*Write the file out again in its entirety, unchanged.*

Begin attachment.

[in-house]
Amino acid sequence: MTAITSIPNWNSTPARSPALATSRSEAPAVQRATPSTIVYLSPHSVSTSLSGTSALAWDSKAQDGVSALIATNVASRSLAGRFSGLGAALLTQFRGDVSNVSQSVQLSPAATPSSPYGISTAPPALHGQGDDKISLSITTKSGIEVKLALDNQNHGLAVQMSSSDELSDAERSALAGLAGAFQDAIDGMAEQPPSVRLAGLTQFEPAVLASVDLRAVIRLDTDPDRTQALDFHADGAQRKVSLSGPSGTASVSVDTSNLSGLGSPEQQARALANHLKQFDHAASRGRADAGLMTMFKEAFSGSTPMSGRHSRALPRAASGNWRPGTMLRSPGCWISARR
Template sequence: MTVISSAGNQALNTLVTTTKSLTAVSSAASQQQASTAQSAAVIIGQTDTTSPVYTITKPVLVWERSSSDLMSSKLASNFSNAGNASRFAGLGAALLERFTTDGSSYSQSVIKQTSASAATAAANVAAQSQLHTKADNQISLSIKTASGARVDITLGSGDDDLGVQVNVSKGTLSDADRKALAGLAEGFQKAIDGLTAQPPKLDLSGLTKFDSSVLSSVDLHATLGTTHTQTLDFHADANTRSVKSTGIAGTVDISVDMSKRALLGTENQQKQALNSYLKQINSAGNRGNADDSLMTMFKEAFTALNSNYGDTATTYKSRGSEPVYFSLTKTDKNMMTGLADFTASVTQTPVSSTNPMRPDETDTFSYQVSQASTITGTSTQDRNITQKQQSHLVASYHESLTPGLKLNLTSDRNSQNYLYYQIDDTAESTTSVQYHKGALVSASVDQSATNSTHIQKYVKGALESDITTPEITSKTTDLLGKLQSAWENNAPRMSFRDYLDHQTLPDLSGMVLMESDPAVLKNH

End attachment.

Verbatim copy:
[in-house]
Amino acid sequence: MTAITSIPNWNSTPARSPALATSRSEAPAVQRATPSTIVYLSPHSVSTSLSGTSALAWDSKAQDGVSALIATNVASRSLAGRFSGLGAALLTQFRGDVSNVSQSVQLSPAATPSSPYGISTAPPALHGQGDDKISLSITTKSGIEVKLALDNQNHGLAVQMSSSDELSDAERSALAGLAGAFQDAIDGMAEQPPSVRLAGLTQFEPAVLASVDLRAVIRLDTDPDRTQALDFHADGAQRKVSLSGPSGTASVSVDTSNLSGLGSPEQQARALANHLKQFDHAASRGRADAGLMTMFKEAFSGSTPMSGRHSRALPRAASGNWRPGTMLRSPGCWISARR
Template sequence: MTVISSAGNQALNTLVTTTKSLTAVSSAASQQQASTAQSAAVIIGQTDTTSPVYTITKPVLVWERSSSDLMSSKLASNFSNAGNASRFAGLGAALLERFTTDGSSYSQSVIKQTSASAATAAANVAAQSQLHTKADNQISLSIKTASGARVDITLGSGDDDLGVQVNVSKGTLSDADRKALAGLAEGFQKAIDGLTAQPPKLDLSGLTKFDSSVLSSVDLHATLGTTHTQTLDFHADANTRSVKSTGIAGTVDISVDMSKRALLGTENQQKQALNSYLKQINSAGNRGNADDSLMTMFKEAFTALNSNYGDTATTYKSRGSEPVYFSLTKTDKNMMTGLADFTASVTQTPVSSTNPMRPDETDTFSYQVSQASTITGTSTQDRNITQKQQSHLVASYHESLTPGLKLNLTSDRNSQNYLYYQIDDTAESTTSVQYHKGALVSASVDQSATNSTHIQKYVKGALESDITTPEITSKTTDLLGKLQSAWENNAPRMSFRDYLDHQTLPDLSGMVLMESDPAVLKNH